By Althea R. Sherman
Written within the early a part of this century, Birds of an Iowa Dooryard is stuffed with meticulous and witty observations of species either avian and human.
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Extra info for Birds of an Iowa Dooryard (Bur Oak Book)
Not all agreed with her as to the drastic remedies she advocated and resorted to. The article not only had the attention of bird students. Extracts of it appeared in farm journals and in the public press. Miss Sherman received many letters about the article. Some of these writers had not made a special study of bird behaviour. Some questioned Miss Sherman's knowledge of the subject! Such unwarranted criticism she could not ignore. She followed the matter with several succeeding articles and vehemently defended the position she had taken.
Althea Rosina Sherman, born in 1853 in the first frame house on the Iowa prairie north of Dubuque, had four sisters and one brother. Her parents were pioneers who had trekked west from New York State to Prairie du Chien, Wisconsin, in 1843 and had then moved on across the Mississippi River to Iowa two years later. Her father, Mark, was a cobbler and an investor in farm mortgages, and her mother, Melissa, was a pioneer mother with strong Victorian beliefs. They must have been unusual people for their time and place, since they sent all their surviving children to college.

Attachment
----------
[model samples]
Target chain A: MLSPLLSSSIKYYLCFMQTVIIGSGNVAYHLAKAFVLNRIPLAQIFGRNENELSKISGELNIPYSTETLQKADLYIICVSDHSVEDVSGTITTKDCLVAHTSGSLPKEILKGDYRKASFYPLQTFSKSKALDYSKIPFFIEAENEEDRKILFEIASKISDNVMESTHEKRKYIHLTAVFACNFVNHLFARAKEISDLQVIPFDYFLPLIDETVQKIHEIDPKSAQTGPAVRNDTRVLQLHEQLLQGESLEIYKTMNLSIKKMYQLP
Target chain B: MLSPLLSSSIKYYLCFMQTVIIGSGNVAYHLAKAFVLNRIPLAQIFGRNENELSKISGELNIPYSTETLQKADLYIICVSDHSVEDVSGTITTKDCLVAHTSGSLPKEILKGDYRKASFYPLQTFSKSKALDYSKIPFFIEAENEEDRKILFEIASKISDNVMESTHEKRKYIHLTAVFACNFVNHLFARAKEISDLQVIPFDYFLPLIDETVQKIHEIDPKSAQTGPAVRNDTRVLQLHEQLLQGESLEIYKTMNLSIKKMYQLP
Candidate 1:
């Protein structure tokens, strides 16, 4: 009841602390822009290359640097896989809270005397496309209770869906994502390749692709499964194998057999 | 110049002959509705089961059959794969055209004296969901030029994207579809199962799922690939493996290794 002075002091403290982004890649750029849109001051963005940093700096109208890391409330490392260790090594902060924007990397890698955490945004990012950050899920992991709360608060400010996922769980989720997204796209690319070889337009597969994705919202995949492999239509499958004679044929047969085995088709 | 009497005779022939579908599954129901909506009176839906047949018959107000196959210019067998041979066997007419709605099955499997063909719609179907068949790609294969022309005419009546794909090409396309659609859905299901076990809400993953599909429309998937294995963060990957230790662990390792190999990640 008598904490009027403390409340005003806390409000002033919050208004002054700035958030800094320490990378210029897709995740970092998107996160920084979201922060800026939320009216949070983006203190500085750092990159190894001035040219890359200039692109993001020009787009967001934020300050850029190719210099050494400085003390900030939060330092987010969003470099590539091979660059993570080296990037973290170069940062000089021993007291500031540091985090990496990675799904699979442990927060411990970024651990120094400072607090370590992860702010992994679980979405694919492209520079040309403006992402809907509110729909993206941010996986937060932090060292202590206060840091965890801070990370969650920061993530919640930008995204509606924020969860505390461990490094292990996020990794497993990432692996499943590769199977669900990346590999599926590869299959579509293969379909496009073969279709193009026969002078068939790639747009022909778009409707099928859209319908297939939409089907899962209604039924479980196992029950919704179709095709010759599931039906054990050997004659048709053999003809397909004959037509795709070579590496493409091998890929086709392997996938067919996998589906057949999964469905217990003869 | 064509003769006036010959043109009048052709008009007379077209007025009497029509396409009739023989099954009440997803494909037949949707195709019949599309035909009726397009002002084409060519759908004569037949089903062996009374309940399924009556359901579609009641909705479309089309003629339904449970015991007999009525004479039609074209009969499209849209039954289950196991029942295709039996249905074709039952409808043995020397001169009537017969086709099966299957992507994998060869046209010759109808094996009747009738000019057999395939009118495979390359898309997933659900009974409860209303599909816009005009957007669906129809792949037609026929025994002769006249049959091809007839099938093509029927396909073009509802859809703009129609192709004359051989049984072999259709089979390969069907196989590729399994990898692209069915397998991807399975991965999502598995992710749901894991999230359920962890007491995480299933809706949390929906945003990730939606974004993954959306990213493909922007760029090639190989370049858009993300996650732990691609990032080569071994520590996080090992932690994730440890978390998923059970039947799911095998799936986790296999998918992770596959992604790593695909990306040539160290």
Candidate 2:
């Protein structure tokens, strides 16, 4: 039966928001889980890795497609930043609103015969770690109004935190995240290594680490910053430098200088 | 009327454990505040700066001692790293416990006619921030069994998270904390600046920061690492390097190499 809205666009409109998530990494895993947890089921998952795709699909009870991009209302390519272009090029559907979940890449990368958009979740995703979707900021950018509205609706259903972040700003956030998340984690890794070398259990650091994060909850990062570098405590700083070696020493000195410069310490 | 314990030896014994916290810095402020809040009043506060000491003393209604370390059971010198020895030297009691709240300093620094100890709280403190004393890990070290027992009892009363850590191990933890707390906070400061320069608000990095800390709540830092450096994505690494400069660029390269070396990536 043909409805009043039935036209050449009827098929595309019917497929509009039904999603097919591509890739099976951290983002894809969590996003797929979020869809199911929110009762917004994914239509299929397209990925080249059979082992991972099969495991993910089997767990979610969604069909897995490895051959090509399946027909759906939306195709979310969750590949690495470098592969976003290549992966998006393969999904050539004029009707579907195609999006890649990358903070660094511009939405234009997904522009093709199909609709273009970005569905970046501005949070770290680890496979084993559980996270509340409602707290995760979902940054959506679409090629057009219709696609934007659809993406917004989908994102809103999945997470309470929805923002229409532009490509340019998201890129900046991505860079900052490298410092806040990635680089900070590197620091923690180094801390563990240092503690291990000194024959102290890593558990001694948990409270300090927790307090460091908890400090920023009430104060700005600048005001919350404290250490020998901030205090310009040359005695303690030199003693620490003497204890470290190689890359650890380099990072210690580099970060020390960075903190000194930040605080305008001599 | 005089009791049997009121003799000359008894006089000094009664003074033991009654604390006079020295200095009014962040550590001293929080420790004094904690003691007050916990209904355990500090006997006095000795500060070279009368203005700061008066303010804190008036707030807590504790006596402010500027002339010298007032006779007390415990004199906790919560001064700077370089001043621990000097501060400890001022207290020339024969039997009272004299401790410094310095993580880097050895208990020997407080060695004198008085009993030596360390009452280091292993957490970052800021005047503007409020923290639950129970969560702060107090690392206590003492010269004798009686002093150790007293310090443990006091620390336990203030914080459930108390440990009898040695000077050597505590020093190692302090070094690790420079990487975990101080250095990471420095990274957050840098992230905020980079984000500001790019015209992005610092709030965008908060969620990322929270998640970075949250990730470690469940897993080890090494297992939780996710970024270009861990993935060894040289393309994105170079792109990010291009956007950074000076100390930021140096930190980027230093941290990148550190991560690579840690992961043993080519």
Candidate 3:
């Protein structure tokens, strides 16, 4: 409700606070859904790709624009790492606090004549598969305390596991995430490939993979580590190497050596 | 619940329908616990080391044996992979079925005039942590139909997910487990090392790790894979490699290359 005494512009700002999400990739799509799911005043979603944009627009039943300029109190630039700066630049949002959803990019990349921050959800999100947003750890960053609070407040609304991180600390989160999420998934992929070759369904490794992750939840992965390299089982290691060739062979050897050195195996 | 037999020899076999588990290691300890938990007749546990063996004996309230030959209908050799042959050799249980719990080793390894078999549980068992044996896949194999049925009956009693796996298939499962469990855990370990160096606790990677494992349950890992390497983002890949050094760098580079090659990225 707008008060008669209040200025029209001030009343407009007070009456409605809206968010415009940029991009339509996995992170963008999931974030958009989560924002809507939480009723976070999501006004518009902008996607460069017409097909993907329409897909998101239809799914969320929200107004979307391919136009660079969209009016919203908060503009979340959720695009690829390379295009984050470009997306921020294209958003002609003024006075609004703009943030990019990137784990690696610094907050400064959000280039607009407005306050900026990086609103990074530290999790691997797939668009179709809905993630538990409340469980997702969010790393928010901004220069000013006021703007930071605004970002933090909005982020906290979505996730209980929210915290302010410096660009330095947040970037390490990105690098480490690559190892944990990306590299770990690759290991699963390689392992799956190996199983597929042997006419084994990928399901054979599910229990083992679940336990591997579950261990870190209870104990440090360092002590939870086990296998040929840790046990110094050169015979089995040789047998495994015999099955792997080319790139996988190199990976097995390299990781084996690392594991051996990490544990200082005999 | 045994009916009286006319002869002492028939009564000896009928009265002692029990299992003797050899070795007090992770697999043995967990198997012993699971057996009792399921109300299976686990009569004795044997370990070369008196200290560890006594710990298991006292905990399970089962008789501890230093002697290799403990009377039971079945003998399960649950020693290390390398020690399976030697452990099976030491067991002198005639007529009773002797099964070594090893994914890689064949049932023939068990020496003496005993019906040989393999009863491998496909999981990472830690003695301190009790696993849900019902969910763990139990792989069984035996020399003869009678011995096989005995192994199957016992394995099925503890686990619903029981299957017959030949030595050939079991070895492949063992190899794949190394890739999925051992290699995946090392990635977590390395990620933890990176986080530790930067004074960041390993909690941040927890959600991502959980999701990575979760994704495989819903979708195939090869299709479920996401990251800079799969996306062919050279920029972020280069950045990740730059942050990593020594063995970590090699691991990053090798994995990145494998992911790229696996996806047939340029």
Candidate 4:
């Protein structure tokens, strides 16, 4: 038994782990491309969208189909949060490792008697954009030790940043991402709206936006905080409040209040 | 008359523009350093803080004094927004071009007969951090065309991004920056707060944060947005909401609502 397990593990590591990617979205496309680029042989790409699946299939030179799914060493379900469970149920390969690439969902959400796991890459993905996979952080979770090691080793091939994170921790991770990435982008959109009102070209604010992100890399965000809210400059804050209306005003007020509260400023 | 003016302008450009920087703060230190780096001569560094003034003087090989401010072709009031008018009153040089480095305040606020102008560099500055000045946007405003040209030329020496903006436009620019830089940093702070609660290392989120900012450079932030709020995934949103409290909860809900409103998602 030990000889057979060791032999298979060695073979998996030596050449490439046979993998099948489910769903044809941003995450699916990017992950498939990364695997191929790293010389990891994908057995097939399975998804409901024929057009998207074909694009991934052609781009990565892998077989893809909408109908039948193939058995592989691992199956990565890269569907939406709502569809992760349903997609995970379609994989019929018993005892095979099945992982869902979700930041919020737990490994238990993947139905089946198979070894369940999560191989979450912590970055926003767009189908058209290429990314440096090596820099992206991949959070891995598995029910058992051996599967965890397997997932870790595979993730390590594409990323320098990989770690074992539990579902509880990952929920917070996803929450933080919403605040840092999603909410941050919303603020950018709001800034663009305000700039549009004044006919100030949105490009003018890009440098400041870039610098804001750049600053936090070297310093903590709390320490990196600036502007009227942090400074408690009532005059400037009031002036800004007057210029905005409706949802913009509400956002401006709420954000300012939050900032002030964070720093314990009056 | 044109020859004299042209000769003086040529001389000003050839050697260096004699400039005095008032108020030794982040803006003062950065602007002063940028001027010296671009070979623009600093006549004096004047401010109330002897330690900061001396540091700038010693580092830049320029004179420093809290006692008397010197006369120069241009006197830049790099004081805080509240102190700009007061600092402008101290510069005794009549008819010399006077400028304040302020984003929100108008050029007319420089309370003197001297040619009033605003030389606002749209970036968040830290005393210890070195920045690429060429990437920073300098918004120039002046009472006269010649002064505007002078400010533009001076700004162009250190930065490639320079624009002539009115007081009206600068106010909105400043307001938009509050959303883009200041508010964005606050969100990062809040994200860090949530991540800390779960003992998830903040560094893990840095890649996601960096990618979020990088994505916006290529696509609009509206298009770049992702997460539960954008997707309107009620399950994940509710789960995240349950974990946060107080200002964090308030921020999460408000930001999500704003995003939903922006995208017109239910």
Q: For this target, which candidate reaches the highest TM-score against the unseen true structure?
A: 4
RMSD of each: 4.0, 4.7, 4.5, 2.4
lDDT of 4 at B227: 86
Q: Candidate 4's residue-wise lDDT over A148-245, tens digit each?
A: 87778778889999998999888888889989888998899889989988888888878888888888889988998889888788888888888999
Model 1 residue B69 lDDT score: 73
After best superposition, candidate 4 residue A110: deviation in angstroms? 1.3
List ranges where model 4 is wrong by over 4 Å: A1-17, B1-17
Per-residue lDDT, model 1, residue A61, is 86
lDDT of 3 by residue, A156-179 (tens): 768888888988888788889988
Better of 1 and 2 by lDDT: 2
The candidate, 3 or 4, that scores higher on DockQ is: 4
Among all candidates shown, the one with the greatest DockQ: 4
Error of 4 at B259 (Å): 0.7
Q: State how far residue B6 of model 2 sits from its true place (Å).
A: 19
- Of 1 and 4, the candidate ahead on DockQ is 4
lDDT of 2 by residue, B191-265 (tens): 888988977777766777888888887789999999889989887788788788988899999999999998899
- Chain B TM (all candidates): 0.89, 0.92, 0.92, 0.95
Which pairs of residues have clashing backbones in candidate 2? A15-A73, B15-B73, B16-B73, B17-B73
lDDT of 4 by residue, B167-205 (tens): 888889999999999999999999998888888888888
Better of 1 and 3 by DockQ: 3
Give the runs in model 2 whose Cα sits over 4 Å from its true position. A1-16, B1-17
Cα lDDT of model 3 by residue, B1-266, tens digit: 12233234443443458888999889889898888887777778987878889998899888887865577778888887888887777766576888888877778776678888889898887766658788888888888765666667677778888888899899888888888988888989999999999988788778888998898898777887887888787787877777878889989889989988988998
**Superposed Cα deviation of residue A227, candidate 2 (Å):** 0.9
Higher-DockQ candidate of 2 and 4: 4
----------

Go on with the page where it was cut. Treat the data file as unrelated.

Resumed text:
At night a paper screen was placed over the window with a lamp behind it, so Sherman could still watch the birds' activity. It took three years before chimney swifts discovered the tower, but in the summer of 1918 the first chimney swift nest was built. Luckily the swifts located the nest in a favorable viewing spot just under the right-hand corner of the window, fifteen inches from Sherman's observing eyes. In her usual thorough way she recorded every facet of the nesting, hatching, and raising of chimney swifts.